On Monday (14), researchers from the Royal Astronomical Society, in the United Kingdom, announced that they had detected potential signs of life on Venus. The study, published in Nature Astronomy, indicates the presence of significant sources of phosphine in the planet’s atmosphere, one of the brightest objects in the night sky.
Phosphine is a colorless and odorless gas that, on Earth, arises as a result of the decomposition of organic matter, being produced by anaerobic microbes (which do not require oxygen) or by industrial processes.
As there are no industries on Venus, astronomers have formulated two hypotheses for the high concentration of phosphine in Venusian clouds (20 parts per billion). One is the possibility of some chemical reaction completely unknown to science, creating the substance there. The other, “more exciting”, is the presence of living organisms producing the gas.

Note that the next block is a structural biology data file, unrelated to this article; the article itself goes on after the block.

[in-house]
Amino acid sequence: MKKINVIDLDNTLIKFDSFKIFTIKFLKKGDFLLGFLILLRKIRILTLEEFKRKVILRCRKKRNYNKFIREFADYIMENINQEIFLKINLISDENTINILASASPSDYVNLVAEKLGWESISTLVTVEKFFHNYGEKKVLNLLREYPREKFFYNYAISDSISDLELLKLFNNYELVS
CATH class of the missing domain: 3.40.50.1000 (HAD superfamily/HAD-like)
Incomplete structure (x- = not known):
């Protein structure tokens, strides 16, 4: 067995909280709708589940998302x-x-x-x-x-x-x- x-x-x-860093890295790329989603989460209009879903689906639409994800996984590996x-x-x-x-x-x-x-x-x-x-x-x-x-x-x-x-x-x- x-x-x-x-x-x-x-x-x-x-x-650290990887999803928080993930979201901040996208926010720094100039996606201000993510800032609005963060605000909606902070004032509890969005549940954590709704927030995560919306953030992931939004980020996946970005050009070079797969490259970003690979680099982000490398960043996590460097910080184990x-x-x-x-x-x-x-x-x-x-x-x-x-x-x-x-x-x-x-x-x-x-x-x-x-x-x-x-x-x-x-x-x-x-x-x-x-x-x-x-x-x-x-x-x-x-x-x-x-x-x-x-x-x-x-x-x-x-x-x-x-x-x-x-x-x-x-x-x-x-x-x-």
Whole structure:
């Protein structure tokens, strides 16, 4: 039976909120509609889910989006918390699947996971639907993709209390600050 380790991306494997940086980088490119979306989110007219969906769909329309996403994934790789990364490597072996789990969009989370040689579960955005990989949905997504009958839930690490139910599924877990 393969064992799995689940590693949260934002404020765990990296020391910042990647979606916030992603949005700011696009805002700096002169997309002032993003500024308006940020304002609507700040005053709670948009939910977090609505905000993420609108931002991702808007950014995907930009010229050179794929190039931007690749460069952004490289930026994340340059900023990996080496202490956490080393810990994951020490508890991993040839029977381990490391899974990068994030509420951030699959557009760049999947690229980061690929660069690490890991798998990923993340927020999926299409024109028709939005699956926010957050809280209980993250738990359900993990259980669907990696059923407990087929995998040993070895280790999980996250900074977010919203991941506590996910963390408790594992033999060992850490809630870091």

The chemical element was detected in 2016 by the team of Cardiff University professor Jane Greaves, using the James Clerk Maxwell telescope in Hawaii, while looking for molecule signals. Last year, researchers used the more powerful Atacama Large Millimeter Array (ALMA), located in Chile, to confirm the discovery.
“Surprising and unexpected discovery”
Until now, Venus was not on the list of planets most likely to harbor life. Temperatures around 800 degrees and clouds laden with sulfuric acid, which block most of the sunlight, make life difficult as we know it – not even the probes sent there have been able to withstand hostile conditions for long.
For this reason, the detection of phosphine on Venus was considered a “surprising and unexpected discovery”, according to Greaves, who points to the planet’s atmosphere as a more conducive environment for the survival of microbial life, as opposed to the surface.
The researchers hope that the novelty will motivate the launch of missions to Venus, to better clarify this mystery.